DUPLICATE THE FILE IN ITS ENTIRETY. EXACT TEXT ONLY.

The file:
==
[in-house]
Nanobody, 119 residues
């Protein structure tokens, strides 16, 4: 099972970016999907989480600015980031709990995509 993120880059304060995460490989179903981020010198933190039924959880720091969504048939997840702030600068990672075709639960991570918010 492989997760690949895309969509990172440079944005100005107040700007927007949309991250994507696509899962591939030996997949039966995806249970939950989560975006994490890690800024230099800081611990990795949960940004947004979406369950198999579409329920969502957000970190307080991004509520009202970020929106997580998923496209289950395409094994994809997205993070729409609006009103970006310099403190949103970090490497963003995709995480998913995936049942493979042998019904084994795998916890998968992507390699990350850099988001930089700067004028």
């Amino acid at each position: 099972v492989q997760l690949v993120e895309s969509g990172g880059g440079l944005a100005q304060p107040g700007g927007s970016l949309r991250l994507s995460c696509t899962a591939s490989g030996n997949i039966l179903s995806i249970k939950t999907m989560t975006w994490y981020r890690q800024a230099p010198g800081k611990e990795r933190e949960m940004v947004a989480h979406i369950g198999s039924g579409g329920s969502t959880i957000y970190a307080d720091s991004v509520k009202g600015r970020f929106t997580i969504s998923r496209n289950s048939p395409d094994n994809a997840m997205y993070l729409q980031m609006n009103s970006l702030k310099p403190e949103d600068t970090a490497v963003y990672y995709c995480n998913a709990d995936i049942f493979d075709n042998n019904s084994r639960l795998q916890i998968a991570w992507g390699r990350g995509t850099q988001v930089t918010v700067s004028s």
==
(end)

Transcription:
[in-house]
Nanobody, 119 residues
């Protein structure tokens, strides 16, 4: 099972970016999907989480600015980031709990995509 993120880059304060995460490989179903981020010198933190039924959880720091969504048939997840702030600068990672075709639960991570918010 492989997760690949895309969509990172440079944005100005107040700007927007949309991250994507696509899962591939030996997949039966995806249970939950989560975006994490890690800024230099800081611990990795949960940004947004979406369950198999579409329920969502957000970190307080991004509520009202970020929106997580998923496209289950395409094994994809997205993070729409609006009103970006310099403190949103970090490497963003995709995480998913995936049942493979042998019904084994795998916890998968992507390699990350850099988001930089700067004028």
């Amino acid at each position: 099972v492989q997760l690949v993120e895309s969509g990172g880059g440079l944005a100005q304060p107040g700007g927007s970016l949309r991250l994507s995460c696509t899962a591939s490989g030996n997949i039966l179903s995806i249970k939950t999907m989560t975006w994490y981020r890690q800024a230099p010198g800081k611990e990795r933190e949960m940004v947004a989480h979406i369950g198999s039924g579409g329920s969502t959880i957000y970190a307080d720091s991004v509520k009202g600015r970020f929106t997580i969504s998923r496209n289950s048939p395409d094994n994809a997840m997205y993070l729409q980031m609006n009103s970006l702030k310099p403190e949103d600068t970090a490497v963003y990672y995709c995480n998913a709990d995936i049942f493979d075709n042998n019904s084994r639960l795998q916890i998968a991570w992507g390699r990350g995509t850099q988001v930089t918010v700067s004028s």